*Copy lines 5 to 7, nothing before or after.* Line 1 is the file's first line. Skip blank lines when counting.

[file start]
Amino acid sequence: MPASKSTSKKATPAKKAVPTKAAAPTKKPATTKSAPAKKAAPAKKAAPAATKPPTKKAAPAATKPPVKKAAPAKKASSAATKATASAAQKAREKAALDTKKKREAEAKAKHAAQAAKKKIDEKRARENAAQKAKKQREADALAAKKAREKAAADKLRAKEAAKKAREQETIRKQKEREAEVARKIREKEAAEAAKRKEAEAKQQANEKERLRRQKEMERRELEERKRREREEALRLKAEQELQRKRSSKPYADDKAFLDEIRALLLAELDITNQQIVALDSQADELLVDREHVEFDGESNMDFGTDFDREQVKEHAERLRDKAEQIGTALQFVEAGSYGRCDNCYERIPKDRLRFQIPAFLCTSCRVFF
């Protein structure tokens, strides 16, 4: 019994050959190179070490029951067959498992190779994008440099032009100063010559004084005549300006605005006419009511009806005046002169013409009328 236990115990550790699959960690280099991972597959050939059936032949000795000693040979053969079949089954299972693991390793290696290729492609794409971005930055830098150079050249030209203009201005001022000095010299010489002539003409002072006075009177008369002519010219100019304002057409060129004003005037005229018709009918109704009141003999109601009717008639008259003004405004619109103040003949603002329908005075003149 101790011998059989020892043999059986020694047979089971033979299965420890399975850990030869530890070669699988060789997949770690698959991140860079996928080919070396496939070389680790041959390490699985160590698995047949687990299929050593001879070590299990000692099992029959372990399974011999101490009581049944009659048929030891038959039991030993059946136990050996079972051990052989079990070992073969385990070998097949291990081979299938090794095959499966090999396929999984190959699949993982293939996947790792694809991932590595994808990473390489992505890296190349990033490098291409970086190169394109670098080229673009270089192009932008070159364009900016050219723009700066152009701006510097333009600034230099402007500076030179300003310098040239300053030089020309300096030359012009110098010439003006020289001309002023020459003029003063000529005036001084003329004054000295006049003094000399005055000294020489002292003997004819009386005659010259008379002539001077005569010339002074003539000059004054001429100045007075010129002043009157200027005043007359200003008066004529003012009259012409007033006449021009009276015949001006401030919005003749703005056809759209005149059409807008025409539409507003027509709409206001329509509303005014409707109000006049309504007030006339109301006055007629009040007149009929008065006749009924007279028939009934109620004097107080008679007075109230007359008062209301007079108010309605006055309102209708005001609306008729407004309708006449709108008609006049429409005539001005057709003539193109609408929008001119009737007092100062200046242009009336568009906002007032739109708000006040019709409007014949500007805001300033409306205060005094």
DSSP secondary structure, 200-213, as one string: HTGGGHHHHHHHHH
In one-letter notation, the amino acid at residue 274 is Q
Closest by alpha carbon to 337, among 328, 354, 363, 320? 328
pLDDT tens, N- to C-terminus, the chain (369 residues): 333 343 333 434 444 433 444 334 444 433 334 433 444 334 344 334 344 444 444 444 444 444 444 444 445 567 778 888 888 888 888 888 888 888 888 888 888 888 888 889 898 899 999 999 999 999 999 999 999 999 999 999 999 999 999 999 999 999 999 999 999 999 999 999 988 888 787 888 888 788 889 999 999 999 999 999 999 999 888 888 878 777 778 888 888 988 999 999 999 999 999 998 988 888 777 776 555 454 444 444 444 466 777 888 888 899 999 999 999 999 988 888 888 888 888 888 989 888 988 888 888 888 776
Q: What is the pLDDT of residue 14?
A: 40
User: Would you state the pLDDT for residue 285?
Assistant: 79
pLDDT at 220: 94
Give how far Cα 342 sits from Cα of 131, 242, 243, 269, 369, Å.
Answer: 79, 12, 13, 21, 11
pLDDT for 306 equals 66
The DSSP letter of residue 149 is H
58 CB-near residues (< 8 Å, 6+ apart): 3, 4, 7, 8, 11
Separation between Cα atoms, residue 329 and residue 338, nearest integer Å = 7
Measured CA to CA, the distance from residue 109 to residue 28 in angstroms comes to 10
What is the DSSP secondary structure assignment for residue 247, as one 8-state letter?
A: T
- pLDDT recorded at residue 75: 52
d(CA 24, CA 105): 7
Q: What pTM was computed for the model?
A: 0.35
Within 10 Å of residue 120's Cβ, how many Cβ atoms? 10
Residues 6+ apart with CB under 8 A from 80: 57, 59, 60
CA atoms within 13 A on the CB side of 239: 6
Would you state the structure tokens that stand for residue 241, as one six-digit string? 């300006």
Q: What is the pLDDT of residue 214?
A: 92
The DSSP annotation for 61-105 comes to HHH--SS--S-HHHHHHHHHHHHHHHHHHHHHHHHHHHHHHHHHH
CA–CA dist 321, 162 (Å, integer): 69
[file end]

Closest by alpha carbon to 337, among 328, 354, 363, 320? 328
pLDDT tens, N- to C-terminus, the chain (369 residues): 333 343 333 434 444 433 444 334 444 433 334 433 444 334 344 334 344 444 444 444 444 444 444 444 445 567 778 888 888 888 888 888 888 888 888 888 888 888 888 889 898 899 999 999 999 999 999 999 999 999 999 999 999 999 999 999 999 999 999 999 999 999 999 999 988 888 787 888 888 788 889 999 999 999 999 999 999 999 888 888 878 777 778 888 888 988 999 999 999 999 999 998 988 888 777 776 555 454 444 444 444 466 777 888 888 899 999 999 999 999 988 888 888 888 888 888 989 888 988 888 888 888 776
Q: What is the pLDDT of residue 14?